Three Strikes

The air presses against me, heavy with humidity, enfolding me. Normally an unwelcome sensation, this particular Saturday it seems fitting that the world outside reflects my insides. I hike up the hill at a quick clip, trailing my dogs. Beads of sweat form along my hairline and my heart starts to race, but not because of the incline. I tell myself if I walk faster, I can outpace my feelings. It’s a lie. My stomach twists into knots and the tears slide down my cheeks.

Eighteen years ago, the Friday before Memorial Day weekend, I was diagnosed with invasive breast cancer. I skipped my friend’s wedding without saying anything until after she got back from her honeymoon. I couldn’t bear to be around people celebrating. But also I couldn’t tell her about my illness and cast an unwanted shadow on her special day. So I stayed at home and cried. I don’t think of that weekend often anymore. In fact, most Memorial Day weekends I don’t even remember this anniversary. Usually, I remember later in the summer, after the fact, that another year has passed since cancer tried to kill me. The distance is nice.

Yesterday, I learned a dear friend has cancer, ten years after surviving a different cancer. Medical procedures plague her family story, one that’s not mine to tell so you’ll just have to trust me that this is so fucking unfair. I know that feeling, processing such news while everyone else barbecues, laughing with friends, like I’ll do this weekend because the cookouts have already been planned.

I walk even faster, primed with adrenaline. She has cancer again, a different one. I think she will be okay though. I do. But nothing slows down. A wave of nausea washes over me. She will be okay.

I’ve had three near misses with cancer myself: A melanoma in my late twenties, breast cancer in my mid-thirties, and two pre-cancerous colon polyps at fifty. Any of these left untreated would have killed me. That’s a fact. Most days I like to think that cancer had three strikes with me; You’re out! But today I believe I’m the one that’s out. Today I feel the weight of my body’s propensity to allow mutated cells to grow unchecked. Today I am certain a tumor grows somewhere inside of me, only I won’t know where until it’s too late.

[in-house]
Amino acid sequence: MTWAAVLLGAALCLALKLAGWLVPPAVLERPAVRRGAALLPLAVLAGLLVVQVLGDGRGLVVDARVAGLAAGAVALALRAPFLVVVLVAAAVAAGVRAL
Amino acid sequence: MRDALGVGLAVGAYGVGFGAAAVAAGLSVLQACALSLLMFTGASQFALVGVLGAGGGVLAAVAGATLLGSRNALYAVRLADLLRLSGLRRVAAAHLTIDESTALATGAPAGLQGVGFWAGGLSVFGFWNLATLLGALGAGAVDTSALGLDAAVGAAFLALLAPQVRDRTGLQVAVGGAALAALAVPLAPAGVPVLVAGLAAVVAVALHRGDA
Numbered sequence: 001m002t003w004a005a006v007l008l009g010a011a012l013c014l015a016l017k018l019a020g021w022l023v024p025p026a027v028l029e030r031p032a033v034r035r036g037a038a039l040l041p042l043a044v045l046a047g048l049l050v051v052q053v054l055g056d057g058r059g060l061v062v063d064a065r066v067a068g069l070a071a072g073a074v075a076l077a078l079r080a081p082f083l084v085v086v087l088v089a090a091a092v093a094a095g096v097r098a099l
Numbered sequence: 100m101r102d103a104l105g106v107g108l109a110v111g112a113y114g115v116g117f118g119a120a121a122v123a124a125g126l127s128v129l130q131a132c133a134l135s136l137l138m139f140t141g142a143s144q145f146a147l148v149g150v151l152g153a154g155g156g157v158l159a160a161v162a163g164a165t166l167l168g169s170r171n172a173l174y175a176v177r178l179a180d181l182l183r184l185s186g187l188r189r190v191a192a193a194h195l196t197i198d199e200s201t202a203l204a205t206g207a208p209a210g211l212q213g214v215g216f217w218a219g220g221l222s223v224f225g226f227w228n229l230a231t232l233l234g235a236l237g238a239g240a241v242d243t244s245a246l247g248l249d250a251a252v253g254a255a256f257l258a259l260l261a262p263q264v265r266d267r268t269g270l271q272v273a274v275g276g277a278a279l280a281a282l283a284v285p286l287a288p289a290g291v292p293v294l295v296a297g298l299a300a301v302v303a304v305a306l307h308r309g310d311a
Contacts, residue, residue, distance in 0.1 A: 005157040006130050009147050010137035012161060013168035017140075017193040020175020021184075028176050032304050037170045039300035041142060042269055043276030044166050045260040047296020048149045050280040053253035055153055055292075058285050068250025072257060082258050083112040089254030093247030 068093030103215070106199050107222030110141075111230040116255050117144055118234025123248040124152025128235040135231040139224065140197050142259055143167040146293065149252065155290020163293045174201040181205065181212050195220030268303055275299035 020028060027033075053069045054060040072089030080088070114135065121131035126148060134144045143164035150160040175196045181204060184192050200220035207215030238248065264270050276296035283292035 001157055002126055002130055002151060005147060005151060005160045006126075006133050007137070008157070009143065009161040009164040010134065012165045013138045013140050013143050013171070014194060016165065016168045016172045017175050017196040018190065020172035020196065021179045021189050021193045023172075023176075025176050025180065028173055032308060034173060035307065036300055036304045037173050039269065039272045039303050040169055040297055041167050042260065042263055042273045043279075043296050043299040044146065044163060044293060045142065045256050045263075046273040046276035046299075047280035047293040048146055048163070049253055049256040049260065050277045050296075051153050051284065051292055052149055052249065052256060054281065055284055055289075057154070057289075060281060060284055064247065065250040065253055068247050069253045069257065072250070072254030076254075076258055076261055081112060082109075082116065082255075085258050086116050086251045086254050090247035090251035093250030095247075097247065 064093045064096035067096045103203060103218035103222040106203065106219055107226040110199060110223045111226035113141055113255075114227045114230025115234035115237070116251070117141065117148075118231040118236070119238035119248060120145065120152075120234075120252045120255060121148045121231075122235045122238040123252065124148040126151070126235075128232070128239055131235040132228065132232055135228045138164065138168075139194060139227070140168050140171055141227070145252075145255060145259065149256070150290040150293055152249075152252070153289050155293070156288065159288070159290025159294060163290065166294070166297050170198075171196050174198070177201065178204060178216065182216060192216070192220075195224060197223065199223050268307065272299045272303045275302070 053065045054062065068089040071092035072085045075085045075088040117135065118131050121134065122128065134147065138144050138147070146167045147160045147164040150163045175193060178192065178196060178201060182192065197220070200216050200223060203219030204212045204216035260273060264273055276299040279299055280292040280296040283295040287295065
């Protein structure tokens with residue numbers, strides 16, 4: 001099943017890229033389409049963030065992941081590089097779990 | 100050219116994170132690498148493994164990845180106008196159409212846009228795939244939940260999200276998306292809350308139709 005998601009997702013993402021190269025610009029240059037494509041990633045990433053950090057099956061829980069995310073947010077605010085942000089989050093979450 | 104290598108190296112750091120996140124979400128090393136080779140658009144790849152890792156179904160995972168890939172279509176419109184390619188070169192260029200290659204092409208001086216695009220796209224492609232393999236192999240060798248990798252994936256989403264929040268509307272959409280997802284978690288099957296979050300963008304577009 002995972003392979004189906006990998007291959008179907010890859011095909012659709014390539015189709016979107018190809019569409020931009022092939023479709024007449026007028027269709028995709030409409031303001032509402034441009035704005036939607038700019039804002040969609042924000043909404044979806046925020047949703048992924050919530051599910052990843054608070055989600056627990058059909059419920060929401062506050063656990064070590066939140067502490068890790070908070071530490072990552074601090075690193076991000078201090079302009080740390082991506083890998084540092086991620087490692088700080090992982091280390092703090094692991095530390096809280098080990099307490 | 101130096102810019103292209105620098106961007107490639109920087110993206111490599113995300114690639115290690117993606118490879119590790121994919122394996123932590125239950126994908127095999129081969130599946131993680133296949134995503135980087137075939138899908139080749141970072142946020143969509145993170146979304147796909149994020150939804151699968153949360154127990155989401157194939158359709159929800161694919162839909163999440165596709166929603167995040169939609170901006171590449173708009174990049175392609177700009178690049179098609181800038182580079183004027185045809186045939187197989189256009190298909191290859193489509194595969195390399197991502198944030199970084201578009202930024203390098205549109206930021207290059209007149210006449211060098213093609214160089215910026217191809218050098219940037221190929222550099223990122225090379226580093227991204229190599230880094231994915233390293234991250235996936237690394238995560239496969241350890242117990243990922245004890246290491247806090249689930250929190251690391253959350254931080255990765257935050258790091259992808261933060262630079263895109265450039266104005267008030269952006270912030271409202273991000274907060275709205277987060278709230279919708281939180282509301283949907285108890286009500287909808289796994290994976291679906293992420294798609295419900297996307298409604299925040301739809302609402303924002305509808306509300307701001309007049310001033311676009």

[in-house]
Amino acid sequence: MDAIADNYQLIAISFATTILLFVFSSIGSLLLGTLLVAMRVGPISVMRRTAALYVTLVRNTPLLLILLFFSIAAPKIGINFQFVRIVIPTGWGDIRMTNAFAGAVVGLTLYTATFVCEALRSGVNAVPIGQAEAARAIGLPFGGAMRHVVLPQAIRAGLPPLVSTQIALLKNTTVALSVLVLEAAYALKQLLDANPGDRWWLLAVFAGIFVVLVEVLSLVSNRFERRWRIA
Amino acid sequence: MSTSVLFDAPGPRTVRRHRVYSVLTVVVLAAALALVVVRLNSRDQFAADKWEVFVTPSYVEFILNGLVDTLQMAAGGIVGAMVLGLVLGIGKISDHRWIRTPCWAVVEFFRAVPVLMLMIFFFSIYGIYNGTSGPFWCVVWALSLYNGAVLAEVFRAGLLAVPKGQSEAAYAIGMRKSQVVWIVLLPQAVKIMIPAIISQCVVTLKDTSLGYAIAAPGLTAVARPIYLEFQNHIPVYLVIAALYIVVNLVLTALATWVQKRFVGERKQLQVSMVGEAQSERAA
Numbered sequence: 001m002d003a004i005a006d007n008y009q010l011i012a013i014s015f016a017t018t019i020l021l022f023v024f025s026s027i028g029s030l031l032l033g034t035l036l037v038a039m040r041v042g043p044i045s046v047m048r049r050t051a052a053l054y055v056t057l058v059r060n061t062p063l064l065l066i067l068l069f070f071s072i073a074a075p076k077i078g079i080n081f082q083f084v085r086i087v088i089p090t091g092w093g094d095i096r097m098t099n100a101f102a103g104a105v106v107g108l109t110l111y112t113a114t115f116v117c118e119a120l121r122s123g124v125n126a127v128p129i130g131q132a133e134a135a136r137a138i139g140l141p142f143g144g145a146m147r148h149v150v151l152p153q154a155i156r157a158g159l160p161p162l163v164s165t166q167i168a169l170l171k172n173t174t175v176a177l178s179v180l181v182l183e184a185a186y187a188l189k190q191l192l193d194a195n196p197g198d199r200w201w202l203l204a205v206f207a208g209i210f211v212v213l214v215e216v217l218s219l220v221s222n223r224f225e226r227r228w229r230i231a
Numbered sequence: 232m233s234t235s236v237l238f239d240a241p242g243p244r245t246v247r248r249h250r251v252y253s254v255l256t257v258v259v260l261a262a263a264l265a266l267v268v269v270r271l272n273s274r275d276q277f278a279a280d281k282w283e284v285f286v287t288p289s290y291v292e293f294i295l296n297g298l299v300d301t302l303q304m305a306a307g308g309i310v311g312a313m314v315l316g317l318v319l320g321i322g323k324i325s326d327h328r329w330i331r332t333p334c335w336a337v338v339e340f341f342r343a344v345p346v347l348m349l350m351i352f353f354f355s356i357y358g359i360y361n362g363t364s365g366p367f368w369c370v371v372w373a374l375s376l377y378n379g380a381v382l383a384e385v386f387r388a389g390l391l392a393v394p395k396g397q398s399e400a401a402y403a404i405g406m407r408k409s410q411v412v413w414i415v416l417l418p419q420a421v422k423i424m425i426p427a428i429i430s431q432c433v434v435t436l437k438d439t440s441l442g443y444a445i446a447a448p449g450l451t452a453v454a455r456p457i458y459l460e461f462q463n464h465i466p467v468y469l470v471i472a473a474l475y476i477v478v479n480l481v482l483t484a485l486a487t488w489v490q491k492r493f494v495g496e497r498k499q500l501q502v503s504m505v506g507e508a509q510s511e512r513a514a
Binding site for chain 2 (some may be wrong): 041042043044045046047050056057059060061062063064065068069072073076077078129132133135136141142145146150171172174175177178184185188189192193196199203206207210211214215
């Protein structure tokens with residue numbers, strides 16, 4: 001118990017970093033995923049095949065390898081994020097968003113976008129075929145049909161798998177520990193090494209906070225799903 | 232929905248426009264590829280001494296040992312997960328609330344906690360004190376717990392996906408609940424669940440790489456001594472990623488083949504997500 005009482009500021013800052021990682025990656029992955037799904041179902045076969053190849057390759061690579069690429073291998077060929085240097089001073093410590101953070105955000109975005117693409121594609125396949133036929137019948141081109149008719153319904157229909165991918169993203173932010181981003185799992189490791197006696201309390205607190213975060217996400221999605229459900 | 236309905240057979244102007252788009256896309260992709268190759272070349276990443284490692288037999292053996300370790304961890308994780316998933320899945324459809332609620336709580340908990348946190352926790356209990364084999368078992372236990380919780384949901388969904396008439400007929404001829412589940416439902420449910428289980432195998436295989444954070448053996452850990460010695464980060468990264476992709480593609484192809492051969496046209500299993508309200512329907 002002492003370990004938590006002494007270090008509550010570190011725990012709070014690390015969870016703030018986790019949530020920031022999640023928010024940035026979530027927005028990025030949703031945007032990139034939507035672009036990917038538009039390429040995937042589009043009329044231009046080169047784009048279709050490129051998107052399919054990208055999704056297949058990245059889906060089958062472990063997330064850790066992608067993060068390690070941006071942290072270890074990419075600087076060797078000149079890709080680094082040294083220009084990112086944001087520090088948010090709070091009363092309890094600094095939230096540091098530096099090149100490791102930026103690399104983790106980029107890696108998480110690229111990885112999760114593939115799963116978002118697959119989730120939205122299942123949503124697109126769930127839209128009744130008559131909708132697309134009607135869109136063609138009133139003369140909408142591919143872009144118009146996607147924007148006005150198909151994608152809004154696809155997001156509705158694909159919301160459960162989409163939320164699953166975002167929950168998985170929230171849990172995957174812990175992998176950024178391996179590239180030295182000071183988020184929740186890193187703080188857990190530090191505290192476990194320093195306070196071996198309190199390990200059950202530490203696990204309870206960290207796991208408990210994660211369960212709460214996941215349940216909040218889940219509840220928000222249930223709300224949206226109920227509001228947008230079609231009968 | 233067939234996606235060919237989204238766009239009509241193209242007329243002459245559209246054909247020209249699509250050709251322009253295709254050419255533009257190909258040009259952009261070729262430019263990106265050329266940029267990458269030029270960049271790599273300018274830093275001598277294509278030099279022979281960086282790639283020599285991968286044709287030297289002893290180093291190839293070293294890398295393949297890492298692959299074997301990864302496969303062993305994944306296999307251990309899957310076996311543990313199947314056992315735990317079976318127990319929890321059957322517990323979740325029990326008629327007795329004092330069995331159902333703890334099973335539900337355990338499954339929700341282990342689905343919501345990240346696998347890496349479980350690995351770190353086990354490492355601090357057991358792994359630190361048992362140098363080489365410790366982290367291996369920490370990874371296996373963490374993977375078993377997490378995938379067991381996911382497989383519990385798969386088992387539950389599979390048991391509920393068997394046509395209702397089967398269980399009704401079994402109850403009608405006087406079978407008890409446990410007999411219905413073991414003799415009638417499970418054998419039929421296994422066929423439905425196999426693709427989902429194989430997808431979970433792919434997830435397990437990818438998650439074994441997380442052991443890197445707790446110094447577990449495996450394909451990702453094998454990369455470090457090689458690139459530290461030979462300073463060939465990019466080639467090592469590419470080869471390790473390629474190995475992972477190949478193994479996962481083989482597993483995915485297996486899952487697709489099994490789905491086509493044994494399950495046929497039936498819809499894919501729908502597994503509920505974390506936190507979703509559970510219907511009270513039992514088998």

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15 Responses to “Three Strikes”

  1. PatriciaJune 1, 2016 at 9:32 pm #

    That last paragraph is … I don’t even know how to describe it. My sister had breast cancer twice- partial mastectomy and it came back in her brain and lymph nodes. Since her passing, my cousin and my aunt have also been diagnosed. My aunt is still fighting. Your words resonate with me although I have never yet been diagnosed, I fear it is just a matter of time. I wish you much health and happiness.

    • StacieJune 2, 2016 at 11:05 am #

      I’m so sorry for your loss. I hope you never get diagnosed, but at least you are likely to be carefully monitored given your family history. Catching it early is so important.

  2. BeerayJune 2, 2016 at 1:11 am #

    18 years is a good distance. Cancer is no longer something unheard of. Anyone you meet on the street knows someone who had it.

    • StacieJune 2, 2016 at 11:06 am #

      Yes, I am no longer worried about that particular cancer. It’s definitely gone. But other ones can happen and my body seems permissive. Most days I’m optimistic though.

  3. SeraphinaJune 2, 2016 at 8:04 am #

    Thank you for sharing this. I can’t imagine how scary it is to live with the threat of cancer after having so many near misses. I hope that you never have to live through that again.

    • StacieJune 2, 2016 at 11:07 am #

      Thank you, Phina. I hope so too. Usually I can bury those thoughts but sometimes they come on in full force like they did this past weekend.

  4. DANIELLE DAYNEYJune 2, 2016 at 8:45 am #

    Cancer sucks. I lost my mom to colon cancer on Easter four years ago. She found out just before Christmas three years before that and neither one of those holidays will ever be quite the same for me, again. Thank you for sharing your honesty on such a wide spread disease.

    • StacieJune 2, 2016 at 11:08 am #

      Cancer does suck. I’m really sorry about your mom.

  5. HemaJune 2, 2016 at 1:31 pm #

    “The distance is nice”. What a wonderful feeling that must be. I hope you always maintain that distance. Thanks for sharing this.

  6. MelonyJune 2, 2016 at 4:59 pm #

    Thank you for speaking about something so personal. That last paragraph says it all. It is so easy to be certain of your fate, and for some it can be debilitating. I’m sorry to hear your friend has the big C again. I hope they get it out soon.

  7. EllenJune 2, 2016 at 5:49 pm #

    Frightening! I am so sorry for your friend.

  8. lisaJune 2, 2016 at 6:23 pm #

    Amazing. I love your work.

  9. Nancy LowellJune 2, 2016 at 8:46 pm #

    Stacie, making peace with the unfairness of life is a lifelong struggle. So little is fair… I’m glad you’re well, hope you stay that way, and I hope your friend recovers, and none of it will have anything to do with what is fair.

  10. DashyJune 3, 2016 at 1:45 am #

    It sure takes quite some courage and will to fight through cancer thrice. Yes it is everywhere now. Two of my school mates and a relative were diagnosed too, and it is scary when it is at such close quarters. I am sorry about your loss, and I hope you stay healthy.

  11. PhilJune 4, 2016 at 3:28 pm #

    I haven’t had a cancer diagnosis, but I’m at an age (66) where I know something is coming, I hear its footsteps, youth no longer inoculates me.

    Hope your cancer puts his bat in the rack and stays in the dugout.

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